Hannah: Time! There are so many factors involved in starting a company. Being a creative person, I have a lot of ideas – but I never have anytime to make them a reality. I have a long ‘to-do’ list and am learning to be patient. I have found that starting a company is ‘trial and error’, making mistakes is part of the learning curve. I have learnt not to be too hard on myself & grow broad shoulders. The biggest challenge for me is spreading the word of mouth. I would much rather spend my time designing a new tapestry than ‘marketing’ my product – I must make more time for this and do better!
Jenny: How do you view the industry as a whole in the UK? . . .internationally?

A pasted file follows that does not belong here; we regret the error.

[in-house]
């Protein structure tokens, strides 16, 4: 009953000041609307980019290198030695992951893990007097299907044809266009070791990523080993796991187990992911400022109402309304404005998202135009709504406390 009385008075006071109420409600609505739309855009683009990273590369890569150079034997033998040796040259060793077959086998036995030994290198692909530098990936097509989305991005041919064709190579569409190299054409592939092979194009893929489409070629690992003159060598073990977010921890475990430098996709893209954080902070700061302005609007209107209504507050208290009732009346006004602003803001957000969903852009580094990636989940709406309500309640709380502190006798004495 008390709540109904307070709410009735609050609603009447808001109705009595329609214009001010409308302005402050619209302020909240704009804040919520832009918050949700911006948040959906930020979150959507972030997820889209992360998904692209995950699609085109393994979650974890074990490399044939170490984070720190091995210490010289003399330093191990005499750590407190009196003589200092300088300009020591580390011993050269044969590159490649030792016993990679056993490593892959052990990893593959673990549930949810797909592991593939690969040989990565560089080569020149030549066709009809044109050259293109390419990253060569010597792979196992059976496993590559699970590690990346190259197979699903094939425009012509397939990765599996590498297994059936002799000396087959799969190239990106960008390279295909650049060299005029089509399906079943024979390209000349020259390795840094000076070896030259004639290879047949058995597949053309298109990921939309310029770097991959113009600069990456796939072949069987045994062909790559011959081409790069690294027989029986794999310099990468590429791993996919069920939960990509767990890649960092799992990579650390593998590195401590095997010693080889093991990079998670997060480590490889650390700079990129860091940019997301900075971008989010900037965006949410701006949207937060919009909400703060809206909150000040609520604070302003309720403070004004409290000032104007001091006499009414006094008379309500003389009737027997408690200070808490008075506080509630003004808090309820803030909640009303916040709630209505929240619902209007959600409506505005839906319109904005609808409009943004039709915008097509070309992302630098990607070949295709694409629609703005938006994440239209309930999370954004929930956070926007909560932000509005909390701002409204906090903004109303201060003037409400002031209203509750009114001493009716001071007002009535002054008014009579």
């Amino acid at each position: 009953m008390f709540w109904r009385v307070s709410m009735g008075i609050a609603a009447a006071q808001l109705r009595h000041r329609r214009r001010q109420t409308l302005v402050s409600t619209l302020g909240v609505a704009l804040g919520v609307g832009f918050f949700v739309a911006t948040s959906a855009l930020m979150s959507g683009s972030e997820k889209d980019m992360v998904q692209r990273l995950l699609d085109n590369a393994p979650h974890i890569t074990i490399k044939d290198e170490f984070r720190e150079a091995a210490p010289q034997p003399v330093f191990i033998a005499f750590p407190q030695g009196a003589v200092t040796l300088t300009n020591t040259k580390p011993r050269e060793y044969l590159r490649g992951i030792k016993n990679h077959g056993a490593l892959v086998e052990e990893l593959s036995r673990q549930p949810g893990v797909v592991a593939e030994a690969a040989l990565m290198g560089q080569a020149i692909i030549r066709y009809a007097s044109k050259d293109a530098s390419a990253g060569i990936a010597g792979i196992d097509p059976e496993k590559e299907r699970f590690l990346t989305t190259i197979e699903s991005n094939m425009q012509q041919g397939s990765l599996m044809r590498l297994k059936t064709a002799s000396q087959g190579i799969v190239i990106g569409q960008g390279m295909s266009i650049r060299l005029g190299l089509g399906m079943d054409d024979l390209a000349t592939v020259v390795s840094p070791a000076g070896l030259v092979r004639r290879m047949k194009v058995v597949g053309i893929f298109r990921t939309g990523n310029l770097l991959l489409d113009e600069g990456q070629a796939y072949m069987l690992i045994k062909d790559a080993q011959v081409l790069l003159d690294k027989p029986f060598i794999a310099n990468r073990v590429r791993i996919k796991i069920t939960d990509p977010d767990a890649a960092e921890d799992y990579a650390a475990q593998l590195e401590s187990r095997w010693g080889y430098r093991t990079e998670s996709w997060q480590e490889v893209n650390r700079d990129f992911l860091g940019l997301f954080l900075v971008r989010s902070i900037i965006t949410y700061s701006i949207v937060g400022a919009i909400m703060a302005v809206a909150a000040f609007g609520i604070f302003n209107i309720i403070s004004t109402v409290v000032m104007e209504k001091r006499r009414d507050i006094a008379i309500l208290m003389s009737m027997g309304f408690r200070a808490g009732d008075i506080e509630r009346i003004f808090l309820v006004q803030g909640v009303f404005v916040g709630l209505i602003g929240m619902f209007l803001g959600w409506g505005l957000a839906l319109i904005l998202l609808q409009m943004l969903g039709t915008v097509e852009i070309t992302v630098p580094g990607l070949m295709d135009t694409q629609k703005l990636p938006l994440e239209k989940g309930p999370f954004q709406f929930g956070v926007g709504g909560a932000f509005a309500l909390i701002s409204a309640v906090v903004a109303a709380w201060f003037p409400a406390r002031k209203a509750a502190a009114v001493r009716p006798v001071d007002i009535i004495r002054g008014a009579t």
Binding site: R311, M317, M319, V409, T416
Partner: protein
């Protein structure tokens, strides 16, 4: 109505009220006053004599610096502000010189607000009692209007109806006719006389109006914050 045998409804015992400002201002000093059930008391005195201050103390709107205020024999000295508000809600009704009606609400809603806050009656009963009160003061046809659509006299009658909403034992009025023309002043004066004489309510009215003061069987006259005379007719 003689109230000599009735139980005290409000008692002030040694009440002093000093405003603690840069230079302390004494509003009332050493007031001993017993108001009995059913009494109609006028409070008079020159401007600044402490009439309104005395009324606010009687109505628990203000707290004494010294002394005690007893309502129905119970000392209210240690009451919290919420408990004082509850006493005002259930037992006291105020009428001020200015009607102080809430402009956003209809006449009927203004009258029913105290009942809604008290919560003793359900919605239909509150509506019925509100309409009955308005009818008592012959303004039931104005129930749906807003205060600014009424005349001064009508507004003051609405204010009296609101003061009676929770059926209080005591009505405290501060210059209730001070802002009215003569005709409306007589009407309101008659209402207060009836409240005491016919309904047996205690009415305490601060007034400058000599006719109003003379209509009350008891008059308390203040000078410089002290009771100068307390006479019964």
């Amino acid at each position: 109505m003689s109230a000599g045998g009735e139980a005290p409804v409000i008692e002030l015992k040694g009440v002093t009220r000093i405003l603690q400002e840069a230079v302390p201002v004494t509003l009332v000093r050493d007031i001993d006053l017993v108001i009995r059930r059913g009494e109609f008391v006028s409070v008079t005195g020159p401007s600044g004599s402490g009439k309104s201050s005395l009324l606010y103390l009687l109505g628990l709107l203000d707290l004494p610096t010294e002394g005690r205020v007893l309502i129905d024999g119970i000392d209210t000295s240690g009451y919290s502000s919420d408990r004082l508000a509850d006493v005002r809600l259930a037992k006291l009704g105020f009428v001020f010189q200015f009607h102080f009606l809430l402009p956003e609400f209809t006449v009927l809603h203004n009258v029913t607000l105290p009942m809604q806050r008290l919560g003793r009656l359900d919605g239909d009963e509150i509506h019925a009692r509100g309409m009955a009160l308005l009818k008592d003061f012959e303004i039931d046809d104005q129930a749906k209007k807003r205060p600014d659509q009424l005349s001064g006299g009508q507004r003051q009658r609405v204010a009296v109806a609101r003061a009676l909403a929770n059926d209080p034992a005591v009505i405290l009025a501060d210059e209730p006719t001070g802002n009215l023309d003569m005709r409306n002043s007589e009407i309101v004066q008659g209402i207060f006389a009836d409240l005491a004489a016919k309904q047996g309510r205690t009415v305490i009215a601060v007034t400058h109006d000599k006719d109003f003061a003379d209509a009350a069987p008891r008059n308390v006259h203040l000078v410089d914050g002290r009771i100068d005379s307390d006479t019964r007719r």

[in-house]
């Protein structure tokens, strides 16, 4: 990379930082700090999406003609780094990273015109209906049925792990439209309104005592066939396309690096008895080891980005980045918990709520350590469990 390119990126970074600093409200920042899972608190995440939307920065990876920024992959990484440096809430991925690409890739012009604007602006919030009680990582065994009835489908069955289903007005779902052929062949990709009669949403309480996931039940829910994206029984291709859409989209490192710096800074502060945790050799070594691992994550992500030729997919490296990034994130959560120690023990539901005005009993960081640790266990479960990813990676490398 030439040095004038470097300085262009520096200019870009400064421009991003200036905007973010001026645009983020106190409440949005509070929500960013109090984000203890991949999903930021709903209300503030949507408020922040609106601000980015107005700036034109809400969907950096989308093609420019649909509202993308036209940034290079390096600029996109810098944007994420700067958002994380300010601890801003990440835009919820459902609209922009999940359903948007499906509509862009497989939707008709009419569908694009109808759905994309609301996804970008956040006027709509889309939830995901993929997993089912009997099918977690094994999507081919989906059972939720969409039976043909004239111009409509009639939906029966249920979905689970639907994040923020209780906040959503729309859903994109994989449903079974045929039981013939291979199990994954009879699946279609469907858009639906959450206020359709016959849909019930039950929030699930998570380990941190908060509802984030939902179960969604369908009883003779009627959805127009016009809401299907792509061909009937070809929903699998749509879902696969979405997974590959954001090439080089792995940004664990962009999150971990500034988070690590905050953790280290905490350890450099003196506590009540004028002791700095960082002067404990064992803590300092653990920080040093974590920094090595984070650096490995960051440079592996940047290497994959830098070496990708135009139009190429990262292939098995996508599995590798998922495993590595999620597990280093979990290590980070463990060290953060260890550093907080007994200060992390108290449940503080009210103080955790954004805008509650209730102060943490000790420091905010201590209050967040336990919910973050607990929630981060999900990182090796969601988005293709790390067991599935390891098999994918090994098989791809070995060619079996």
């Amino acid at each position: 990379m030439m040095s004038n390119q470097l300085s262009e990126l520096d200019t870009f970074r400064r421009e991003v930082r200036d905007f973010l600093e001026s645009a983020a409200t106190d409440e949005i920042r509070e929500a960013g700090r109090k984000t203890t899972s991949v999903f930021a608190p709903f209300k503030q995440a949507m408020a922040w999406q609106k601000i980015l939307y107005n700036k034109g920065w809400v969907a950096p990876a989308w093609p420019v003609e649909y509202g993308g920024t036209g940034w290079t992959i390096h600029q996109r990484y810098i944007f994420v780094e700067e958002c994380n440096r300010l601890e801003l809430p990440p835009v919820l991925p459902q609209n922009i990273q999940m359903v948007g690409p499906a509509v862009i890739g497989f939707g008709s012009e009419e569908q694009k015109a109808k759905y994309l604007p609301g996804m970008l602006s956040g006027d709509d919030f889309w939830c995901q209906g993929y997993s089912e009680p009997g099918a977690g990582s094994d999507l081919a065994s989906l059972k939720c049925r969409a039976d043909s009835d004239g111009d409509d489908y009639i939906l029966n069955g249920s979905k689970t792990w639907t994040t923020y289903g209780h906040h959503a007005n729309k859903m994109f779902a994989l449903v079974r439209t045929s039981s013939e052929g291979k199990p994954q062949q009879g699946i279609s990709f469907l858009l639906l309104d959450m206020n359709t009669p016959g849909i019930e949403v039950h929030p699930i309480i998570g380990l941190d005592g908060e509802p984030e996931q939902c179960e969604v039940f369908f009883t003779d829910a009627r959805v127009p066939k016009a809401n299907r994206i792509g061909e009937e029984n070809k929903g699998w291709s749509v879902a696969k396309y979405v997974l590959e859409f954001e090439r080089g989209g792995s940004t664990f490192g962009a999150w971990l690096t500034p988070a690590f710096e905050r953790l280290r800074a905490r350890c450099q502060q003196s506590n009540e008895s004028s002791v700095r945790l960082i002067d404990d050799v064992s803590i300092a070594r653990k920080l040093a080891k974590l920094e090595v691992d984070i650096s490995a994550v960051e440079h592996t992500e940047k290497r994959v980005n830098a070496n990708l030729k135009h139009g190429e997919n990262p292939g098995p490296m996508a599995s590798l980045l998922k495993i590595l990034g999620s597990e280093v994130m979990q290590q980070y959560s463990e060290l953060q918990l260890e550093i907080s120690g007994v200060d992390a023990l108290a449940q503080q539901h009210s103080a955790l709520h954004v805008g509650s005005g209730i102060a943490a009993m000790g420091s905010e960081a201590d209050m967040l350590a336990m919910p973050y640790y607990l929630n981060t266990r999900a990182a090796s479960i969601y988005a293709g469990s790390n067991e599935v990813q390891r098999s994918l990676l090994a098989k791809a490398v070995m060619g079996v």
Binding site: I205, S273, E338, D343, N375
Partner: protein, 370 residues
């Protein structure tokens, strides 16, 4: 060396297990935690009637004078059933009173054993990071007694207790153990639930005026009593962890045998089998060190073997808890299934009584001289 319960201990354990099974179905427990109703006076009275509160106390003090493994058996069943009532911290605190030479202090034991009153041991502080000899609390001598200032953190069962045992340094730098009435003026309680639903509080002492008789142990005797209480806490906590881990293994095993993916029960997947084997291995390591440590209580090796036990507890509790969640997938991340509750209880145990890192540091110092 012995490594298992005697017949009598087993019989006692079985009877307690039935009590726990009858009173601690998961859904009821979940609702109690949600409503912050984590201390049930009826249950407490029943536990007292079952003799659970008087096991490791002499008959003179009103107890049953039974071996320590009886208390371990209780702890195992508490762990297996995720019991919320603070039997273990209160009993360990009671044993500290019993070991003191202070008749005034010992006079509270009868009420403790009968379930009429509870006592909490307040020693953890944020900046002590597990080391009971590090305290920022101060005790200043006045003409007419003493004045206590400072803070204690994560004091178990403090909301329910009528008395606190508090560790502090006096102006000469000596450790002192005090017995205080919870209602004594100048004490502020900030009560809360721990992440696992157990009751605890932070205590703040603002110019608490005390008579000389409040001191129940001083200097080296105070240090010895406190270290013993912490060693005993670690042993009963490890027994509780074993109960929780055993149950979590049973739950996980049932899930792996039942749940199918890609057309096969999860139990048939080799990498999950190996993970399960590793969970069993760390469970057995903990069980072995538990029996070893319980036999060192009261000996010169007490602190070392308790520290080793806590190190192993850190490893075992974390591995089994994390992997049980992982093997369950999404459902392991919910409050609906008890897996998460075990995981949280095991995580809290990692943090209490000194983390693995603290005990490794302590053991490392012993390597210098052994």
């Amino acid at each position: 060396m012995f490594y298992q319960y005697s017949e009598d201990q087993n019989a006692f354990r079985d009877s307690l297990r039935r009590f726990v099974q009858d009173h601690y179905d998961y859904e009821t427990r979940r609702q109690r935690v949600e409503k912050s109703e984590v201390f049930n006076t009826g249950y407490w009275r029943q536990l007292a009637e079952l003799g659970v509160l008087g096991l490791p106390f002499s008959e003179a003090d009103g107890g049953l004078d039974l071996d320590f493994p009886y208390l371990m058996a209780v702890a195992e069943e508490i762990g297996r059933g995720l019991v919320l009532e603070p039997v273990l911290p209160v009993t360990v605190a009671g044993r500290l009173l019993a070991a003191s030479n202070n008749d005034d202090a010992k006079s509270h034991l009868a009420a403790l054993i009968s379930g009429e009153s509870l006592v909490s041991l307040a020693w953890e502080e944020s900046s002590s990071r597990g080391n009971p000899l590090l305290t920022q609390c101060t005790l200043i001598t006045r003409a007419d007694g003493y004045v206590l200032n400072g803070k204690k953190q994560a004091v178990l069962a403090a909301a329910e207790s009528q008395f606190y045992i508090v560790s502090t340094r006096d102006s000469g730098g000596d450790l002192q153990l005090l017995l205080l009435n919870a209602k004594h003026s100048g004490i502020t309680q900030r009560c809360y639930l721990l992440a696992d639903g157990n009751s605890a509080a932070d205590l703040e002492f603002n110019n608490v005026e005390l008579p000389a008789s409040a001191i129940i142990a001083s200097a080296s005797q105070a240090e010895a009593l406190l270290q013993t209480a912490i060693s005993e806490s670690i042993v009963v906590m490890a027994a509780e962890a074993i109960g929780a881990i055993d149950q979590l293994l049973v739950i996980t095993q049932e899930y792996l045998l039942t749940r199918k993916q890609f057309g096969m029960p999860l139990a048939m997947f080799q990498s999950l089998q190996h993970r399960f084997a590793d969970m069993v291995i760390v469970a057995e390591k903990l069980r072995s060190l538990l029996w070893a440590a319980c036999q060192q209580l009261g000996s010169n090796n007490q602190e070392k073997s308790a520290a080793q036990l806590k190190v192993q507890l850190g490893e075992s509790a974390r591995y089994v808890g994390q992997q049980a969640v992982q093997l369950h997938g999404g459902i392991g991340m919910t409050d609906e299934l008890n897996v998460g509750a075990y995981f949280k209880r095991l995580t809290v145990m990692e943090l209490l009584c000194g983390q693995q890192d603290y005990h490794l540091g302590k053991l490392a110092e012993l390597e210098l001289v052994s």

Hannah: I find the people involved within the industry are lovely. They are happy to give me time to share their experience and advice. I think this says a lot about the industry. However, I do feel that the industry could be ‘freshened – up’ & made more relevant to today’s trends to entice the next generation into stitching. I love selling my tapestries at fairs, to see my customers face to face. It’s so interesting, all age groups seem to be attracted to my tapestries – which I love!
Jenny: Who are some of your favorite artists/ designers?
Hannah: Has to be Emily Peacock, she got me back into stitching as an adult. I bought her large ‘Hug’ and ‘Kiss’ tapestries, took them both on holiday with me to Spain and stitched for 2 weeks solid by the pool. I have them framed in my hallway and they make me smile everytime I see them.